UK government 'committed' to changing suspicious activity reporting regime

Out-Law News | 29 Apr 2016 | 2:50 pm | 2 min. read

The UK government is "committed" to changing the rules governing the filing of suspicious activity reports (SARs), it has said.

The Home Office pledged to take action to address "defensive reporting" by businesses in the regulated industries that file SARs in a document it published containing the findings from a consultation it held on the SARs regime (6-page / 35KB PDF) earlier this year.

Under the Proceeds of Crime Act (POCA) 'regulated' entities such as banks, accountants and law firms must report suspicions of money laundering to the National Crime Agency (NCA).

"The reporting sector has concerns regarding the phrasing of the requirement to report suspicious transactions, as set out in POCA," the Home Office said. "This concern, and the penalties for failure to report, drive a significant level of defensive reporting, where reports are made more because of concerns regarding a failure to comply with POCA than because of genuine suspicion. This places a burden on the regime, and detracts from a focus on serious and organised crime. The government is committed to taking action to recognise and address this concern."

The Home Office's commitment was outlined alongside broader proposals to reform UK anti-money laundering (AML) rules. In a statement last week UK home secretary Theresa May said that the government would "forge a new partnership with industry to improve suspicious activity reporting", with the government promising "fundamental reform" of the SARs regime.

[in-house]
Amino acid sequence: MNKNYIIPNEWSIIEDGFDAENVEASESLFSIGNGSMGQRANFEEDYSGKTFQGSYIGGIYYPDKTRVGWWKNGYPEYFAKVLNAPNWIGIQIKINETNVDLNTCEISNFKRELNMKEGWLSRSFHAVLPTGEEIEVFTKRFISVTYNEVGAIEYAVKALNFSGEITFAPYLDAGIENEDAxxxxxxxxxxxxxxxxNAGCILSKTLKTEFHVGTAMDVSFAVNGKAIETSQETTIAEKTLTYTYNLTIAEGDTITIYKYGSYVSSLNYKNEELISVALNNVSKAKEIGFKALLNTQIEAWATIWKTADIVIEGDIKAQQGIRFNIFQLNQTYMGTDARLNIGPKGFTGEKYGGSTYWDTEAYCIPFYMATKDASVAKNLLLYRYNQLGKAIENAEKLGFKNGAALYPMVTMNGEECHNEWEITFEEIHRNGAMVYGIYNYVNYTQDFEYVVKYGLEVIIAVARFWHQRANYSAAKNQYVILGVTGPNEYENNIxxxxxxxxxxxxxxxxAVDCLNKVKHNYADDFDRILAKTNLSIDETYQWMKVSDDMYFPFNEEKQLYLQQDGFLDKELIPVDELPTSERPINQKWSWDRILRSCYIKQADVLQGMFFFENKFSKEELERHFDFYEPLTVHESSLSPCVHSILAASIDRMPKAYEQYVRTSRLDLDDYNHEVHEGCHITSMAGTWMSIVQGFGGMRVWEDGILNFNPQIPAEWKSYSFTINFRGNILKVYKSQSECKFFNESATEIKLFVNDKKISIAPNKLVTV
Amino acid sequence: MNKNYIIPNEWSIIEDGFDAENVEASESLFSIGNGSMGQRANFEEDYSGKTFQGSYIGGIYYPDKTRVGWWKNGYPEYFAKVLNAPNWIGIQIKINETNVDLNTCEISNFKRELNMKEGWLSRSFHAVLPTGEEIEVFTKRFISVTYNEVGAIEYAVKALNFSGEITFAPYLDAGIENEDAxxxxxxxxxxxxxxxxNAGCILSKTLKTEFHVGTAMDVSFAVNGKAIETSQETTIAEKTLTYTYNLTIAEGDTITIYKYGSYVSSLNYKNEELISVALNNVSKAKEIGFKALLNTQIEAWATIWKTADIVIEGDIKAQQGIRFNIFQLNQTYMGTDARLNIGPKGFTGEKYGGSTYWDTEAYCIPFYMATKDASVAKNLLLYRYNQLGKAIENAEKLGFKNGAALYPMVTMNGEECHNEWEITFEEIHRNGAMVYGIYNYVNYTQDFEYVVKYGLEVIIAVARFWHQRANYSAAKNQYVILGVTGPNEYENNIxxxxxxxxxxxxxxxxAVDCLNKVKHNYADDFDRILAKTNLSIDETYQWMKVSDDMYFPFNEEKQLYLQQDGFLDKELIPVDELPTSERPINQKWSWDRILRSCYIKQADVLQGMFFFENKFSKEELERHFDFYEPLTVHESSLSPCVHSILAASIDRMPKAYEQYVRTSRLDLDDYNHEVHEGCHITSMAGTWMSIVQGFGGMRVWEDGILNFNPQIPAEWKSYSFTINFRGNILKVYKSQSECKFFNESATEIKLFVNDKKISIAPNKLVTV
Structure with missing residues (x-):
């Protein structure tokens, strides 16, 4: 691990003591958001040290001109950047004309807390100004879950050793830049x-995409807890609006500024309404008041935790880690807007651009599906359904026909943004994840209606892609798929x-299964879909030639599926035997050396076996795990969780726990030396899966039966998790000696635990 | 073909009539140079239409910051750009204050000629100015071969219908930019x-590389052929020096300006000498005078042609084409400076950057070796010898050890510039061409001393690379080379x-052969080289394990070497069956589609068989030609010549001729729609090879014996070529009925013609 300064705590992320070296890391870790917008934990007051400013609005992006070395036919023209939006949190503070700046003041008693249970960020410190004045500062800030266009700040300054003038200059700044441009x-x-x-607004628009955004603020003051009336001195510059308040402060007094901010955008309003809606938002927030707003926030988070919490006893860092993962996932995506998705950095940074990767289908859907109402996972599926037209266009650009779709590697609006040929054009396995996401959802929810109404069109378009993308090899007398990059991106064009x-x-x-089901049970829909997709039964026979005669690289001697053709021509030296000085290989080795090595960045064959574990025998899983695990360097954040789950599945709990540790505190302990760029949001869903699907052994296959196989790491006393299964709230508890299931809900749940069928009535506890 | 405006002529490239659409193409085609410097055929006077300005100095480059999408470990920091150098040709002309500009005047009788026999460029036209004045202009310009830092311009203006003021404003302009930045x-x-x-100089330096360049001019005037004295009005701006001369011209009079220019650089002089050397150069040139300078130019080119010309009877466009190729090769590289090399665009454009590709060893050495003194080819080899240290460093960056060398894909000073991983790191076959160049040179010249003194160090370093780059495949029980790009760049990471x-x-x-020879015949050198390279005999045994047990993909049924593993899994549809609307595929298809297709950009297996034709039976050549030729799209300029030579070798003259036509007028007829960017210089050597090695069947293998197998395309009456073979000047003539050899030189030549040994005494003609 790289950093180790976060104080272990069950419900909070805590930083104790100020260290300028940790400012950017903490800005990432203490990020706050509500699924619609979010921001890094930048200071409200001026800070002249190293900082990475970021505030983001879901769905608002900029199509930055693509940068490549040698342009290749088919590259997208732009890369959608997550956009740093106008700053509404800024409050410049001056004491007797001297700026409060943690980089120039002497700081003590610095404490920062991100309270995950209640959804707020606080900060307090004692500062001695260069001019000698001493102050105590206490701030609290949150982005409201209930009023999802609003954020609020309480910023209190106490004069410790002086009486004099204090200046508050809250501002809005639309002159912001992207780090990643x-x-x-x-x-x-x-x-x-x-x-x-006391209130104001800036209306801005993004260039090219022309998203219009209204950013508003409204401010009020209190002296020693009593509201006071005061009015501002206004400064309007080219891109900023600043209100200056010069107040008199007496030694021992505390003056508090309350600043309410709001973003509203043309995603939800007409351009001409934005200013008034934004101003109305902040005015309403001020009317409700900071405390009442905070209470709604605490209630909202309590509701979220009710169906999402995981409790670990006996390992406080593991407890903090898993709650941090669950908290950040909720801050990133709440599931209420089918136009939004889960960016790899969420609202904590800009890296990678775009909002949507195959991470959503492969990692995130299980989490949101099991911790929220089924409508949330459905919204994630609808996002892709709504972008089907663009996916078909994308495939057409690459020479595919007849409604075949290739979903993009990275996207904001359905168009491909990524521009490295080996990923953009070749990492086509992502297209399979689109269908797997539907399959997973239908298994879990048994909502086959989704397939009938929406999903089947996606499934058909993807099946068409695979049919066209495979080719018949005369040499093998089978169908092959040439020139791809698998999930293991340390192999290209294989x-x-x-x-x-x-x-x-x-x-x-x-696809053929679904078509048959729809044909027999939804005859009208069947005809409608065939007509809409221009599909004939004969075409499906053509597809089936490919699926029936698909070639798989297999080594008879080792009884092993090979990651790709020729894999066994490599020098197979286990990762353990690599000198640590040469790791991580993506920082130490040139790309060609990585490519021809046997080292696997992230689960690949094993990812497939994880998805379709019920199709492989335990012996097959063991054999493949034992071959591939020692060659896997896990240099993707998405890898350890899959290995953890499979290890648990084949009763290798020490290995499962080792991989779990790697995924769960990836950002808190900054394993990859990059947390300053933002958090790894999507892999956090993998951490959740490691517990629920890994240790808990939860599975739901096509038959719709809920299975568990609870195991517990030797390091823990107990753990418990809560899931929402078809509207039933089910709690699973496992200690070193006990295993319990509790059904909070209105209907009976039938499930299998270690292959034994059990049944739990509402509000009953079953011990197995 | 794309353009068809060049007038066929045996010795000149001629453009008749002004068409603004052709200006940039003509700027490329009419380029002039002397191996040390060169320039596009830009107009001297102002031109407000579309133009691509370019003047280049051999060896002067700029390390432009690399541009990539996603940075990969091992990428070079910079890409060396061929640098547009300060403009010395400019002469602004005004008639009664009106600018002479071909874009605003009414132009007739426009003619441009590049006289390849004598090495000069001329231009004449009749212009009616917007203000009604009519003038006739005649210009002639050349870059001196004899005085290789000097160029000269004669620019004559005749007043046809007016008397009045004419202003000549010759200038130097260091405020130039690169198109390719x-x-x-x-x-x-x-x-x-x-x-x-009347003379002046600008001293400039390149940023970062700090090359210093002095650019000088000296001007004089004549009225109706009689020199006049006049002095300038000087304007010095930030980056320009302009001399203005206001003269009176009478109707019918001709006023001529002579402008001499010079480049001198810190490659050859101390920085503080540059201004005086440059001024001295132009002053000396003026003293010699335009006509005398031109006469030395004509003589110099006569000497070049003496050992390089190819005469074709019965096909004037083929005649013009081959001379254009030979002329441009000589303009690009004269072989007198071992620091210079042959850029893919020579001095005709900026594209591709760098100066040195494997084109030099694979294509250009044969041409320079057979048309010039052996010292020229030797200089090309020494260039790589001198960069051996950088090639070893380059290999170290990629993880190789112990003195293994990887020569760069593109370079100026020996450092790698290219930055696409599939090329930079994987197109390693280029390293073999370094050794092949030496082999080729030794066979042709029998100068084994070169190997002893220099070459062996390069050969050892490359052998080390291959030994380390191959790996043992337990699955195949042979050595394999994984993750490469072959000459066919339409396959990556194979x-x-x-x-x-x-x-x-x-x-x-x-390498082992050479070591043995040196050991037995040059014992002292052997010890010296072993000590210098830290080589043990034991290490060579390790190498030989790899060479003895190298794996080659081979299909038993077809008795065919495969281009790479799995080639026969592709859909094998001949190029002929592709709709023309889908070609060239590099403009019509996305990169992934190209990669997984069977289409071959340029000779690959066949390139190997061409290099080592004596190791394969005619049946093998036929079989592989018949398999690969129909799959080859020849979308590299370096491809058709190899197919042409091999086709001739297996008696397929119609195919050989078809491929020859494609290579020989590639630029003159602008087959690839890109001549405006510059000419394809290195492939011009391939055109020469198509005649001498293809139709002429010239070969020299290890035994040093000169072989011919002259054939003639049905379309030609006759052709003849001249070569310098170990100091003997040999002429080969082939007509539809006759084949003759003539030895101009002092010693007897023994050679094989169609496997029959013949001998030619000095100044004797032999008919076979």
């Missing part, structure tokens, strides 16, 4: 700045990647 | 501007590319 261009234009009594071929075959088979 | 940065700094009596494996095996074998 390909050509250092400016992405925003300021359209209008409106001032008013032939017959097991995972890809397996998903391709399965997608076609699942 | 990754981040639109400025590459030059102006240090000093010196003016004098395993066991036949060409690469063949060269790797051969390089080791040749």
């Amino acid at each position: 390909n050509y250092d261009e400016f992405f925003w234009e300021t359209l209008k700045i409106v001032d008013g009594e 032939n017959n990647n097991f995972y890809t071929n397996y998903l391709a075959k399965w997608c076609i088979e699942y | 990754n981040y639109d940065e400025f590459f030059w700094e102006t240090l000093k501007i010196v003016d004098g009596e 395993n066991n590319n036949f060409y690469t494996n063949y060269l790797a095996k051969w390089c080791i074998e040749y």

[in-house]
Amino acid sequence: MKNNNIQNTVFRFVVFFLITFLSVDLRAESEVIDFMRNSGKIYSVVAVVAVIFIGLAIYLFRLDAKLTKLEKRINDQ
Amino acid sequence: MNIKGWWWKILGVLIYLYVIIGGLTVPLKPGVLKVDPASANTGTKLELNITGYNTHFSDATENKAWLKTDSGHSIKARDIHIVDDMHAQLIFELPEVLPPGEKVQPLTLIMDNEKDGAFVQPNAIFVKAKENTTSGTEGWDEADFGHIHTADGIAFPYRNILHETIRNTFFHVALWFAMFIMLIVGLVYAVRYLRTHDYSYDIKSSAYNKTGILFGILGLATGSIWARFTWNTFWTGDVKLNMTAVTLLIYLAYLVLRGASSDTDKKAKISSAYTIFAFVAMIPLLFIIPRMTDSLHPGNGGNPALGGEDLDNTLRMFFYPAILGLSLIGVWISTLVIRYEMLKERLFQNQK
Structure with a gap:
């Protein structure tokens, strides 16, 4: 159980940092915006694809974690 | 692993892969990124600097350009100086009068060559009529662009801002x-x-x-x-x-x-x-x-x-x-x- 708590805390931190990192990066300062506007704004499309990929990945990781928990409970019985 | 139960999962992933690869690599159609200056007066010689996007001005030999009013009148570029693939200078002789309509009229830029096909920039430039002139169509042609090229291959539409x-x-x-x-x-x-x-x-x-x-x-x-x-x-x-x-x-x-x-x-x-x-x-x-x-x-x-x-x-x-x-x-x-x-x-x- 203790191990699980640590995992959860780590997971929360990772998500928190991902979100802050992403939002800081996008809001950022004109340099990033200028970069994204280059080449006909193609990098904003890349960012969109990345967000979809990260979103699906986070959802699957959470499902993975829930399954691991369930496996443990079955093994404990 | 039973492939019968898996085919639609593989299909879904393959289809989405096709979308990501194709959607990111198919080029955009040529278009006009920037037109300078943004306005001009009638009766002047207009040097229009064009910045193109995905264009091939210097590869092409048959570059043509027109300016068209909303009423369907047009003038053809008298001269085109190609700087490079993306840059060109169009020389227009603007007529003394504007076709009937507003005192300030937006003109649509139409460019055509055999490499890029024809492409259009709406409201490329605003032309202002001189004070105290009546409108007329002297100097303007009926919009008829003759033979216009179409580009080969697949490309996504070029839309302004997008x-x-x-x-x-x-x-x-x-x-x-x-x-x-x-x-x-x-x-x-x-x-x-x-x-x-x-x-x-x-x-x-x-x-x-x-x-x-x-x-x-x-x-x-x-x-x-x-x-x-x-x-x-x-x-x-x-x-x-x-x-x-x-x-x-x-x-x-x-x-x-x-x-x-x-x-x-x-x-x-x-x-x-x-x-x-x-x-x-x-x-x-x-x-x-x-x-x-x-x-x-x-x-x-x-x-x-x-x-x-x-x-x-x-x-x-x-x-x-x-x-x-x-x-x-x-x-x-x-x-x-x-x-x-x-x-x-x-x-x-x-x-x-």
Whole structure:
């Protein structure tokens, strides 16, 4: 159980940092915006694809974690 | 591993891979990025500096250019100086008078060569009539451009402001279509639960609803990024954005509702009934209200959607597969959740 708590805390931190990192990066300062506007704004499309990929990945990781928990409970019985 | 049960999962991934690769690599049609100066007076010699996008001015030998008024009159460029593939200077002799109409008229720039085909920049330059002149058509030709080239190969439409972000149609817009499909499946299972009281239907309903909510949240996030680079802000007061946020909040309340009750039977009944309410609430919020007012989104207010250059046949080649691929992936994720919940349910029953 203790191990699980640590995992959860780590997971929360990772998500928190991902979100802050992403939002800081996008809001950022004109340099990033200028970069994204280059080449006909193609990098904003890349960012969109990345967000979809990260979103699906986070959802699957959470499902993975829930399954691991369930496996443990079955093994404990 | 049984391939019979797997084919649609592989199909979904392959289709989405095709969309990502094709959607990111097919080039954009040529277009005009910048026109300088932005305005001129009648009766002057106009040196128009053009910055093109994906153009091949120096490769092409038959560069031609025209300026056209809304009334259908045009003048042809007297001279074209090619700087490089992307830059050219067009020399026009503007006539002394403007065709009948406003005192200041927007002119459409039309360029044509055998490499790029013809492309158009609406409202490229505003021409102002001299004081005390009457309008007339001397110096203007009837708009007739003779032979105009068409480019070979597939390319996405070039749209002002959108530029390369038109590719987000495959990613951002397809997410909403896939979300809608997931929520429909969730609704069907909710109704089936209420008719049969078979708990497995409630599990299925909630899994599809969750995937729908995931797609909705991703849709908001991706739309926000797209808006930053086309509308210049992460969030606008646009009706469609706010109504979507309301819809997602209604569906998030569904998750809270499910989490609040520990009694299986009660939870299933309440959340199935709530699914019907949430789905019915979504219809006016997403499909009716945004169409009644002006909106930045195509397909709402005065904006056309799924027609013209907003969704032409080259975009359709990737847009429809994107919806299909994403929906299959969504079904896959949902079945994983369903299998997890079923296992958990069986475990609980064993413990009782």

According to the findings from its consultation, some businesses advocate a "tiered approach to reporting".

"Some respondents would like information that help them to identify criminality more effectively, and to use this as the basis for a tiered approach to reporting, whereby SARs are graded according to the degree of suspicion relating to the transaction, and where the reporter provides a significant level of input where they firmly believe the transaction is criminal," the Home Office said.

Other businesses believe that SARs should only have to be filed when the value of the transaction under scrutiny is higher than a set threshold amount, it said.

"A number of respondents felt that there should be a realistic de minimus value for SARs, to allow reporters to focus on the higher value transactions, and to reduce the number of SARs raised," the Home Office said.

Expert in financial enforcement and regulation expert Michael Ruck of Pinsent Masons, the law firm behind, said that better funding for agencies responsible for investigating money laundering concerns would help tackle the problem.

"The identification, prevention and prosecution of money laundering in the UK relies upon an under-resourced system of various agencies," Ruck said. "Whilst one catch-all agency focussing upon anti-money laundering may not be the answer, an increase in the resources available would surely help. For example, the FCA is currently responsible for regulating over 50,000 firms for the purposes of compliance with anti-money laundering requirements in both legislation and its own rules."

Ruck said that greater clarity on what happens to the information contained in SARs when it is submitted to the agencies is needed.

"Firms already put a lot of resources in to addressing money laundering and reporting suspicious transactions to agencies like the NCA, but they are left in the dark in terms of how that information is used and as to which type of transactions the agencies have particular concerns about," Ruck said. "If firms had more information, whether from assessing enforcement action they can see stemmed from SARs or by way of general trends highlighted by the agencies, then it could spur firms to adapt their AML controls and learn what higher value transactions pose risks."